Is hypertension influenced by genetic or environmental factors?
What are causes of secondary hypertension?
pheochromocytoma, oral contraceptives, primary hyperaldosteronism (aberrant renin-angiotensin-aldosterone or RAAS)
describe the pathogenesis of secondary hypertension with renal artery stenosis.
decrease renal perfusion and decreases GFR increase ang II which vasoconstricts (raises GFR) and increases production of aldosterone leading to hypertension
Why can severe volume depletion cause hyponatremia?
non-osmotic release of AVP
What do NSAIDs do?
Block Cox-1 and production of prostaglandins
What is osmotic diuresis? how does it compare to water diuresis?
when poorly permeable substances are present in plasma (sucrose or mannitol) or with diabetes mellitus patientas (untreated); mechanism: mannitol holds water in the lumen producing diuresis; rich in solutes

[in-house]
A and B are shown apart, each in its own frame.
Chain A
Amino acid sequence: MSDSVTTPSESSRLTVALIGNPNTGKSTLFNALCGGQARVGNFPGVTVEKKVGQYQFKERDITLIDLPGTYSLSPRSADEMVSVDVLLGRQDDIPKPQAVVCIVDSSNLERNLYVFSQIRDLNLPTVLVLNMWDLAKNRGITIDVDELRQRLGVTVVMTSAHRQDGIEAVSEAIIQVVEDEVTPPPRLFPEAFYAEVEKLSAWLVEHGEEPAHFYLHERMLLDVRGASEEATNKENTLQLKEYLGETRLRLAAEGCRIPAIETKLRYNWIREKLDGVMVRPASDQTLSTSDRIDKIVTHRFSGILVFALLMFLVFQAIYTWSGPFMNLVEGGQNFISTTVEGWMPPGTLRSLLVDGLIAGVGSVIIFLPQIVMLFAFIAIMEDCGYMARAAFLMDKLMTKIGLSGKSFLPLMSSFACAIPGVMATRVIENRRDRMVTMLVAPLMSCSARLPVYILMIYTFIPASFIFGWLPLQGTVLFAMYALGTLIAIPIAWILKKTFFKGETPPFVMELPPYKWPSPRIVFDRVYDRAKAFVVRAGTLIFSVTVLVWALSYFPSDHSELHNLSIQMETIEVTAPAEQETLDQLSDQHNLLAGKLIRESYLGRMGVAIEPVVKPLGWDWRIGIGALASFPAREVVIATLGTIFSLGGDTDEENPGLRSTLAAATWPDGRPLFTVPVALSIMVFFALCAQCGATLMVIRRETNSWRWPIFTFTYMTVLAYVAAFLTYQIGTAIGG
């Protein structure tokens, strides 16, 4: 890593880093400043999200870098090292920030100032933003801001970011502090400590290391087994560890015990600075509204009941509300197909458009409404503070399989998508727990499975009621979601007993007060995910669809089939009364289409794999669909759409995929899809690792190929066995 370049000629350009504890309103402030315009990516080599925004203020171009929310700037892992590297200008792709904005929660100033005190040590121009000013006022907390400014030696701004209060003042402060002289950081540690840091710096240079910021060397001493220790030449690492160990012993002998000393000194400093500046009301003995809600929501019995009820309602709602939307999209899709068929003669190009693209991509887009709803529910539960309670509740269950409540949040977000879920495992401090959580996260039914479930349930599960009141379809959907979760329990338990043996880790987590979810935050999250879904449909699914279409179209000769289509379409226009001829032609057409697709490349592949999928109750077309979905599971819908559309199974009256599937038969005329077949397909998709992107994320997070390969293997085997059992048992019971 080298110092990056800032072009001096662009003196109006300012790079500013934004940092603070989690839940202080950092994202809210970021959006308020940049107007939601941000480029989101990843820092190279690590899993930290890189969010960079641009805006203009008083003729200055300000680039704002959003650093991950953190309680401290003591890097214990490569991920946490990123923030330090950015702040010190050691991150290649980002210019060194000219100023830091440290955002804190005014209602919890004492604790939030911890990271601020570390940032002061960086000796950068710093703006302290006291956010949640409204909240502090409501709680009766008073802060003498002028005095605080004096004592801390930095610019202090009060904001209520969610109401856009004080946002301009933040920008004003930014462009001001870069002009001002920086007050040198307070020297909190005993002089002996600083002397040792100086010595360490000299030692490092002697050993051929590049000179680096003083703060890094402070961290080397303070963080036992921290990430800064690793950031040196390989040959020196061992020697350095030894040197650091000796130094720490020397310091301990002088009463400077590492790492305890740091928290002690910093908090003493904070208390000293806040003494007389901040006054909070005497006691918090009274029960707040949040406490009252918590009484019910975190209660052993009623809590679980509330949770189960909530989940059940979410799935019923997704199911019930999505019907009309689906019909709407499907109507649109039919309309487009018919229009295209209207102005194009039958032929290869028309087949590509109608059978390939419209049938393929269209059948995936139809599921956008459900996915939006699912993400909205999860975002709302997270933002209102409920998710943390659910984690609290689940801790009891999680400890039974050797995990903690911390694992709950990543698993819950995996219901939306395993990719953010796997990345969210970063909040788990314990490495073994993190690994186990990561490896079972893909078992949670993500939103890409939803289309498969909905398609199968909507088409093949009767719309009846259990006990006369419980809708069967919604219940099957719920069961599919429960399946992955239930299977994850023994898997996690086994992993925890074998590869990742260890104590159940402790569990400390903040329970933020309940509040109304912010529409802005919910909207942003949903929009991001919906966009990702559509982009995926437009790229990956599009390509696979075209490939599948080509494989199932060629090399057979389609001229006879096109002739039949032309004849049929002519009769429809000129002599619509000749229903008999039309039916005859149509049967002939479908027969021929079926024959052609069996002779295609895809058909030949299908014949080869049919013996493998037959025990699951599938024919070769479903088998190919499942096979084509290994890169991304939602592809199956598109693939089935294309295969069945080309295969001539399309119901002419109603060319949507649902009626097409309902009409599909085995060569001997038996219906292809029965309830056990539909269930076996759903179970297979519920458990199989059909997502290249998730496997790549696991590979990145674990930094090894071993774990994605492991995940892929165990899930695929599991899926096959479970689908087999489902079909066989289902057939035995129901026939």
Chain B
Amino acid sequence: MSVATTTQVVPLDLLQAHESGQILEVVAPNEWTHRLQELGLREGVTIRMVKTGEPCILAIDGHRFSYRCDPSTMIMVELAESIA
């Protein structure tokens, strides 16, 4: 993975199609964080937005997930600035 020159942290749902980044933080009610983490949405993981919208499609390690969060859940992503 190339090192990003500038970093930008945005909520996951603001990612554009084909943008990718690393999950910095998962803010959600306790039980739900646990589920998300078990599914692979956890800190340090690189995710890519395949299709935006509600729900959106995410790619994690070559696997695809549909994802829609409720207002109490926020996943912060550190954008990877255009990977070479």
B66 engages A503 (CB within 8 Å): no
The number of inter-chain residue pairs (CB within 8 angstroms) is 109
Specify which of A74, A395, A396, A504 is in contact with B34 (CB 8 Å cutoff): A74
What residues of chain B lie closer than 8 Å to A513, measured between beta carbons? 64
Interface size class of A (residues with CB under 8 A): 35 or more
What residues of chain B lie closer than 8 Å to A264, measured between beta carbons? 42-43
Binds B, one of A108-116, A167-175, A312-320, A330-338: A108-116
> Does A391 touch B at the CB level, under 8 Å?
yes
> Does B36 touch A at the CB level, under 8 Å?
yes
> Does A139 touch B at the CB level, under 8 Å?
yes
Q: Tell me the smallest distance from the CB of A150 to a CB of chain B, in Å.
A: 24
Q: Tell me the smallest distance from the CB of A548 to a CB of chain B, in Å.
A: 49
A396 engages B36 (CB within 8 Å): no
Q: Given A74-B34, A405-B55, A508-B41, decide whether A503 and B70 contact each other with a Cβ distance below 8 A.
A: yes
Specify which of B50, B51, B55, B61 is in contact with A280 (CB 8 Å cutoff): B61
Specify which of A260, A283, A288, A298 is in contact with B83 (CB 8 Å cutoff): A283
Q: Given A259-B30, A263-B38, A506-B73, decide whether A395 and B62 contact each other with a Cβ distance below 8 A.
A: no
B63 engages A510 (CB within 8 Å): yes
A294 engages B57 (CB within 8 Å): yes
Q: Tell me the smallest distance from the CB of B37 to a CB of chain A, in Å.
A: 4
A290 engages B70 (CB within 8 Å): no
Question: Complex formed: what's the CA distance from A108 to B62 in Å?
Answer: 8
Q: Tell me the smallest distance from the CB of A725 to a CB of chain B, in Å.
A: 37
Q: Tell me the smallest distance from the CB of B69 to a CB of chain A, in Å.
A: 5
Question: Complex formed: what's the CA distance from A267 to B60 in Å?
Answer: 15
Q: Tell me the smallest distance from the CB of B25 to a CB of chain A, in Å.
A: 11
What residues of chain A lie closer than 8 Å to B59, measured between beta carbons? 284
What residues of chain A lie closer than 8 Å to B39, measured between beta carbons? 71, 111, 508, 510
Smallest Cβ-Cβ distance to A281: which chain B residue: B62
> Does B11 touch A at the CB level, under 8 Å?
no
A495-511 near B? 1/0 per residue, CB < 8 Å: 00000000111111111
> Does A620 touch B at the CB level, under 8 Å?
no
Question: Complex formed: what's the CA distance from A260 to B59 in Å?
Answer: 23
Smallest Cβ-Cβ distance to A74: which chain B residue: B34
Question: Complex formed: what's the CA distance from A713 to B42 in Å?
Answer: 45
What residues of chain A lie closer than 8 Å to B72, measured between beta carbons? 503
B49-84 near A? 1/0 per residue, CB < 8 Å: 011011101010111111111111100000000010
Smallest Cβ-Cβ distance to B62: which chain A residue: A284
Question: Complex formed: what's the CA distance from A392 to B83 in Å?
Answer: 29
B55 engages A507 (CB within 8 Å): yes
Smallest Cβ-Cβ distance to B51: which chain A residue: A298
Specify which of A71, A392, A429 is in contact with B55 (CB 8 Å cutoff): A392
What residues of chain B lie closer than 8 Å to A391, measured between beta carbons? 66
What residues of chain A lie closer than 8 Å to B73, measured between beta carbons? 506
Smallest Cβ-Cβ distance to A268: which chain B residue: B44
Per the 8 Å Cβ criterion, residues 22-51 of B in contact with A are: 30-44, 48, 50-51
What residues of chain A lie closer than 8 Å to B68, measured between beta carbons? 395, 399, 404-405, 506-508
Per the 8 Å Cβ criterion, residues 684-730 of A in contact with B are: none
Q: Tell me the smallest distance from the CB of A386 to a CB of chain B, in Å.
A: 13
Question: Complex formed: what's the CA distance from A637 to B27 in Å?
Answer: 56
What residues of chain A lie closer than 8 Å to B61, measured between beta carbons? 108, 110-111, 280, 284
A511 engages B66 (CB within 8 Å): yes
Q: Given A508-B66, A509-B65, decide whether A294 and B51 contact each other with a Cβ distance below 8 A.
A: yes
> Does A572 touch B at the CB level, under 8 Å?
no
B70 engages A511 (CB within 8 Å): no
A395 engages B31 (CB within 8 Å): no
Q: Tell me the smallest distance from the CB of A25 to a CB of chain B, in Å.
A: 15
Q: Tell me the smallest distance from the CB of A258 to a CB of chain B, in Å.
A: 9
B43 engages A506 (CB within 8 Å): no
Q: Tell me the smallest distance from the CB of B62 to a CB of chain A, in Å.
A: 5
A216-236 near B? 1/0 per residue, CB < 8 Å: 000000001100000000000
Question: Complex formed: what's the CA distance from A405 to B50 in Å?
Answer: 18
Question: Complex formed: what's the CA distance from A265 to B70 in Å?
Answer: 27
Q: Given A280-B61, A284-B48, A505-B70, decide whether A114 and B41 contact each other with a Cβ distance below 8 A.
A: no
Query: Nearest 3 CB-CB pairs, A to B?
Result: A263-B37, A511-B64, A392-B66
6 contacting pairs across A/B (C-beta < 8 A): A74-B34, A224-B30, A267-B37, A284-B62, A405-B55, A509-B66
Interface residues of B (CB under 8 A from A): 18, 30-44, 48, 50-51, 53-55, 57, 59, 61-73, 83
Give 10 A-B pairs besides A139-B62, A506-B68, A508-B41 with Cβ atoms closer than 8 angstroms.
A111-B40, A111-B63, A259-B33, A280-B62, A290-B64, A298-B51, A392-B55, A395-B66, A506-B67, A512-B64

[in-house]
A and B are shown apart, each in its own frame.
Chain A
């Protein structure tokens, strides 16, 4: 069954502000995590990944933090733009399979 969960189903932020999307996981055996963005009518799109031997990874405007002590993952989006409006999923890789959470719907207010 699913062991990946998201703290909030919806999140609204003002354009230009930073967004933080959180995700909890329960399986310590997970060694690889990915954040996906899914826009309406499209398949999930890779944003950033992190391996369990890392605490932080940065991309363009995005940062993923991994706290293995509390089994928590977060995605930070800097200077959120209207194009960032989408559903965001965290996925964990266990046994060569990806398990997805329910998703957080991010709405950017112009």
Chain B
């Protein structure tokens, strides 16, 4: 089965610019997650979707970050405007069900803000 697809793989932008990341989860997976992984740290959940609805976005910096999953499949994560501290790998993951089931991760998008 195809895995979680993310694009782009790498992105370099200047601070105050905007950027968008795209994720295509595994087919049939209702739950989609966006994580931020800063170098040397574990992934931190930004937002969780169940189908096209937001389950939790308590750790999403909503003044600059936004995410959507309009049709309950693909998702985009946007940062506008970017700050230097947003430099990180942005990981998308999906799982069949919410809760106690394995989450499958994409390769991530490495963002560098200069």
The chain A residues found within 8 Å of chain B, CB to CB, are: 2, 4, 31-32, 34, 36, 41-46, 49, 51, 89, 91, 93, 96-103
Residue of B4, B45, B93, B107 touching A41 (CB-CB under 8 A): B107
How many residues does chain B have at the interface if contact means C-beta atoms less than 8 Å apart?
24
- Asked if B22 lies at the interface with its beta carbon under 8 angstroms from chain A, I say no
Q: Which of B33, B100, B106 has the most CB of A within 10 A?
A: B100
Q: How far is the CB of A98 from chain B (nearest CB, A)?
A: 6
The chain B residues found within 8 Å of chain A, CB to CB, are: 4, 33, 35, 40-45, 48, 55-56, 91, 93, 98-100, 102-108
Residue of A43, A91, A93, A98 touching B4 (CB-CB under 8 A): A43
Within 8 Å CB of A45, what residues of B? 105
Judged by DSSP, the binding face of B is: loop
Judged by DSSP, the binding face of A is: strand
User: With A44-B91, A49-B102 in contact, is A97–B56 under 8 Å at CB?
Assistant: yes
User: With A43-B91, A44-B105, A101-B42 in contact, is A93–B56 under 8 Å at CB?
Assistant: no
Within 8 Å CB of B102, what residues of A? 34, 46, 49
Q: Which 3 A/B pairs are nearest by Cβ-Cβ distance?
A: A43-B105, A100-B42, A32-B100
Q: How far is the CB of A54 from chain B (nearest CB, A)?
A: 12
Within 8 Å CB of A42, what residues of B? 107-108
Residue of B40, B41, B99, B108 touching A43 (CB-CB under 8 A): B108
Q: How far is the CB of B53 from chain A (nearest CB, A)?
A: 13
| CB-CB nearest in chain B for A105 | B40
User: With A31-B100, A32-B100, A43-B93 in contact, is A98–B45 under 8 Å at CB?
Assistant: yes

Why would a physician treat a patient with mannitol?
increased ICPs and reduces risk of radiocontrast-induced renal disease
Describe micturition following combined afferent and efferent lesions.
bladder distended and flaccid (residual urine remains)
Describe micturition following an afferent lesion.
less severe to combined lesions (still have distension and reduced tone and residual urine remains); however, some residual contractions
Describe micturition following spinal cord lesion.
first, overfilling and sporadic voiding (must be catheterized); later decreased capacity and loss of voluntary control (increased incidence of UTIs)
What are hyperaminoacidurias? what is the cause of hyperargininemia?
increased excretion of amino acids; metabolic defect that increases plasma arginine levels